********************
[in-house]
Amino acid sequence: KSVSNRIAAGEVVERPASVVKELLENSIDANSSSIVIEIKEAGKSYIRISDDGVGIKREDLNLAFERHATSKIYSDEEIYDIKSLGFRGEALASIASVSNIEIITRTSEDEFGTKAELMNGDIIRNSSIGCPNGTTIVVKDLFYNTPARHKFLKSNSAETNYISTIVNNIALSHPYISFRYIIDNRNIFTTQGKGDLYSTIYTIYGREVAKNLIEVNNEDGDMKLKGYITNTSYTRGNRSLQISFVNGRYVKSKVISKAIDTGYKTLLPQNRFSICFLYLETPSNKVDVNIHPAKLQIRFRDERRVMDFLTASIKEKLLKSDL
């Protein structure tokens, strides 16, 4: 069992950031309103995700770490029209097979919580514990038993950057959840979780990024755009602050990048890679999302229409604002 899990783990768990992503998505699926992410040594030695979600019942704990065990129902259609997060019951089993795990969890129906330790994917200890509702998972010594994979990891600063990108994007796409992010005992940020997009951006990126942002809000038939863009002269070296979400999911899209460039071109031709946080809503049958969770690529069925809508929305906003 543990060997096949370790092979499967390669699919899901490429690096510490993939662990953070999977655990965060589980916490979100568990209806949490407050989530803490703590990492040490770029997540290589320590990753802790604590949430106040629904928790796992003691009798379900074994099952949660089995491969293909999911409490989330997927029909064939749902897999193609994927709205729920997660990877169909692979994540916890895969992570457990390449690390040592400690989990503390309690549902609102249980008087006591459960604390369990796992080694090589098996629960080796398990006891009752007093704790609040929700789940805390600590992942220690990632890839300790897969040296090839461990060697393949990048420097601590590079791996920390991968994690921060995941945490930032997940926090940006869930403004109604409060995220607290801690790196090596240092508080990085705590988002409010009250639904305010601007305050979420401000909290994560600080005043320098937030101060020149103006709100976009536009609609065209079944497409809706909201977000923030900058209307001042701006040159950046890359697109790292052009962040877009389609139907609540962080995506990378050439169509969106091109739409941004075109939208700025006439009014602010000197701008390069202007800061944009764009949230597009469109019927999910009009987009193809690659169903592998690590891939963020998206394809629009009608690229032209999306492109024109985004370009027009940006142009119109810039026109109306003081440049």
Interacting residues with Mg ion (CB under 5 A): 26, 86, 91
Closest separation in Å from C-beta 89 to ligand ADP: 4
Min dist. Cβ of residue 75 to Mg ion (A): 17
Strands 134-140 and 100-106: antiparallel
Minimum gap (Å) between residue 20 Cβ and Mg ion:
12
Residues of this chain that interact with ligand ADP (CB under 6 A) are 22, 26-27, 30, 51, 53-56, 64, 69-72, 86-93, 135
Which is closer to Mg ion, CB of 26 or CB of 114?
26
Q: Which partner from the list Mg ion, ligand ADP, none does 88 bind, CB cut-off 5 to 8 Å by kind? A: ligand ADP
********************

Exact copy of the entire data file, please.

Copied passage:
[in-house]
Amino acid sequence: KSVSNRIAAGEVVERPASVVKELLENSIDANSSSIVIEIKEAGKSYIRISDDGVGIKREDLNLAFERHATSKIYSDEEIYDIKSLGFRGEALASIASVSNIEIITRTSEDEFGTKAELMNGDIIRNSSIGCPNGTTIVVKDLFYNTPARHKFLKSNSAETNYISTIVNNIALSHPYISFRYIIDNRNIFTTQGKGDLYSTIYTIYGREVAKNLIEVNNEDGDMKLKGYITNTSYTRGNRSLQISFVNGRYVKSKVISKAIDTGYKTLLPQNRFSICFLYLETPSNKVDVNIHPAKLQIRFRDERRVMDFLTASIKEKLLKSDL
């Protein structure tokens, strides 16, 4: 069992950031309103995700770490029209097979919580514990038993950057959840979780990024755009602050990048890679999302229409604002 899990783990768990992503998505699926992410040594030695979600019942704990065990129902259609997060019951089993795990969890129906330790994917200890509702998972010594994979990891600063990108994007796409992010005992940020997009951006990126942002809000038939863009002269070296979400999911899209460039071109031709946080809503049958969770690529069925809508929305906003 543990060997096949370790092979499967390669699919899901490429690096510490993939662990953070999977655990965060589980916490979100568990209806949490407050989530803490703590990492040490770029997540290589320590990753802790604590949430106040629904928790796992003691009798379900074994099952949660089995491969293909999911409490989330997927029909064939749902897999193609994927709205729920997660990877169909692979994540916890895969992570457990390449690390040592400690989990503390309690549902609102249980008087006591459960604390369990796992080694090589098996629960080796398990006891009752007093704790609040929700789940805390600590992942220690990632890839300790897969040296090839461990060697393949990048420097601590590079791996920390991968994690921060995941945490930032997940926090940006869930403004109604409060995220607290801690790196090596240092508080990085705590988002409010009250639904305010601007305050979420401000909290994560600080005043320098937030101060020149103006709100976009536009609609065209079944497409809706909201977000923030900058209307001042701006040159950046890359697109790292052009962040877009389609139907609540962080995506990378050439169509969106091109739409941004075109939208700025006439009014602010000197701008390069202007800061944009764009949230597009469109019927999910009009987009193809690659169903592998690590891939963020998206394809629009009608690229032209999306492109024109985004370009027009940006142009119109810039026109109306003081440049």
Interacting residues with Mg ion (CB under 5 A): 26, 86, 91
Closest separation in Å from C-beta 89 to ligand ADP: 4
Min dist. Cβ of residue 75 to Mg ion (A): 17
Strands 134-140 and 100-106: antiparallel
Minimum gap (Å) between residue 20 Cβ and Mg ion:
12
Residues of this chain that interact with ligand ADP (CB under 6 A) are 22, 26-27, 30, 51, 53-56, 64, 69-72, 86-93, 135
Which is closer to Mg ion, CB of 26 or CB of 114?
26
Q: Which partner from the list Mg ion, ligand ADP, none does 88 bind, CB cut-off 5 to 8 Å by kind? A: ligand ADP